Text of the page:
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The Power of Random Reinforcement

by Filip Wiltgren on 09/28/15 01:25:00 pm   Featured Blogs

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The following blog post, unless otherwise noted, was written by a member of Gamasutra’s community.
The thoughts and opinions expressed are those of the writer and not Gamasutra or its parent company.

 

Lab RatTake a rat and put it in a cage. Put a lever in the cage. The rat will wander around the cage for a while, sniffing the corners, looking around making sure there are not predators in the neighborhood. After a while it will wander by the lever. Sooner or later it will push it.

Hot chunks of cheese, Ratman! A pellet of food dropped down. Wow, look at that, I press it again and another pellet drops down. Jiminy Cricket, rat heaven, here I come!

Now hook up a counter to the lever. Don’t feed the rat every time it presses the lever but only at certain times. Or even better, copy the rat and put it in three separate cages (or if you’re less SciFi minded, start out with three different rats).

In one cage the rat will get a pellet every 50 times it presses the lever.

In another cage the rat will get a pellet at a random interval, at between 1 and 100 presses.

In a third the rat will never get a pellet no matter how much it presses the lever.

What do you think will happen? If you answered that rat C will quit while rat A will presses the lever the required 50 times and gets the pellet you are correct. Rat B, the one with the random intervals, will press the lever as well. But here’s the catch: it will press the lever faster than rat A. Not knowing when you’ll get the pellet is more exciting than knowing that you’ve got to perform your required 50 presses for a surefire Ratilicious Surprise.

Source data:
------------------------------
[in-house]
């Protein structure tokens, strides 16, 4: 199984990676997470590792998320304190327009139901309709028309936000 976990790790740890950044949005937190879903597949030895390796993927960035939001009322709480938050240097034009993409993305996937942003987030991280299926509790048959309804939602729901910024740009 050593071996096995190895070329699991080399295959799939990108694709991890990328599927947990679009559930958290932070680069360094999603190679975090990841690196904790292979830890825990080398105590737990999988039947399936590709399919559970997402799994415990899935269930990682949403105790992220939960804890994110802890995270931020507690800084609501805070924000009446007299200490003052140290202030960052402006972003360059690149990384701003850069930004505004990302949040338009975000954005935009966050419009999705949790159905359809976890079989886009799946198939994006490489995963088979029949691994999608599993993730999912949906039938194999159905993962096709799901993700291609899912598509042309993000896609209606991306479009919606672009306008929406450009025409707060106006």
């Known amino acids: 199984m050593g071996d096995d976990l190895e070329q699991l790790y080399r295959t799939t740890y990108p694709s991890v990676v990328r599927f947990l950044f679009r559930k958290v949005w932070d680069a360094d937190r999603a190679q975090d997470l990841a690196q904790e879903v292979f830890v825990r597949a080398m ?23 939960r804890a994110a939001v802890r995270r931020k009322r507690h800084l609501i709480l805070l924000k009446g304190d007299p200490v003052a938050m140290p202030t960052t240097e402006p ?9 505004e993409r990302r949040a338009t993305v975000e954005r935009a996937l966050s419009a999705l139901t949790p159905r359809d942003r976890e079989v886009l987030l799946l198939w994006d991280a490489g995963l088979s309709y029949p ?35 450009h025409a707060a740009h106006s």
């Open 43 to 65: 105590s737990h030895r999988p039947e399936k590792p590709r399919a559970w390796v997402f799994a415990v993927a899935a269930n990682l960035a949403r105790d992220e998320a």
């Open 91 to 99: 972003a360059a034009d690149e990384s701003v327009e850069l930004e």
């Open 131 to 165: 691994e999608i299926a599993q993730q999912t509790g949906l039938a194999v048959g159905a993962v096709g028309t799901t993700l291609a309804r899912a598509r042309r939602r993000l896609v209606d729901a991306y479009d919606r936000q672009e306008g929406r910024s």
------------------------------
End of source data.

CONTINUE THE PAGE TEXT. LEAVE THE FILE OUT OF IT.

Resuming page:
Here’s the real kicker though: take away the pellets and rat B will go bananas, clicking like crazy until it keels over.

The Power of Random Reinforcement

I’m not making this up – it’s stolen verbatim from B.F. Skinner, the behaviorist guy who set up all kinds of weird animal (and human) experiments in the mid 20th century. BTW, Skinner was an English major before he turned to psychology and operant conditioning, which goes to tell that what strange creatures breed in the English lit. programs…

But back to our rat.

We’ve got rat conditioning down pat. We know that giving a reward after a defined amount of work is less exciting than giving a reward after a random amount of work. This explains why people keep grinding in MMORPGs and why games like Descent and Pathfinder are so popular: you get to open that treasure chest and maybe, just maybe, get something great.

Slot Machine RewardBut wait, there’s an even wider application: whenever you know that you can gain a reward, but aren’t sure if you will actually get it, you will be excited (assuming you care about the reward that is). Take any kind of game where you draw cards as part of an ongoing action. The drawing of the cards will be exciting. They represent the reward (drawing a perfectly matching card/high card) while drawing something you don’t want represent the risk.

Imagine playing Dominion Amazon , or Magic the Gathering Amazon, or anything that relies on that “random sequential” draw, and stacking the deck. That’s right hot-shot, you get to put the cards in any type of order you want. Not only that, you get to put your opponents’ cards in any order you want as well. You’ll still be drawing the cards, but now you’ve removed the element of surprise. Is the game better?

You sure are more likely to win (unless you enjoy losing that is) but is the game better? Or is it now broken?

Those games rely on “random reinforcement” conditioning. You can feel that if you only draw another card you’ll succeed, you’ll get your reward. This is the same type of condoning that makes you buy another booster pack or another lottery ticket or another pull at the one armed bandit (or check your email, but that’s another post altogehter).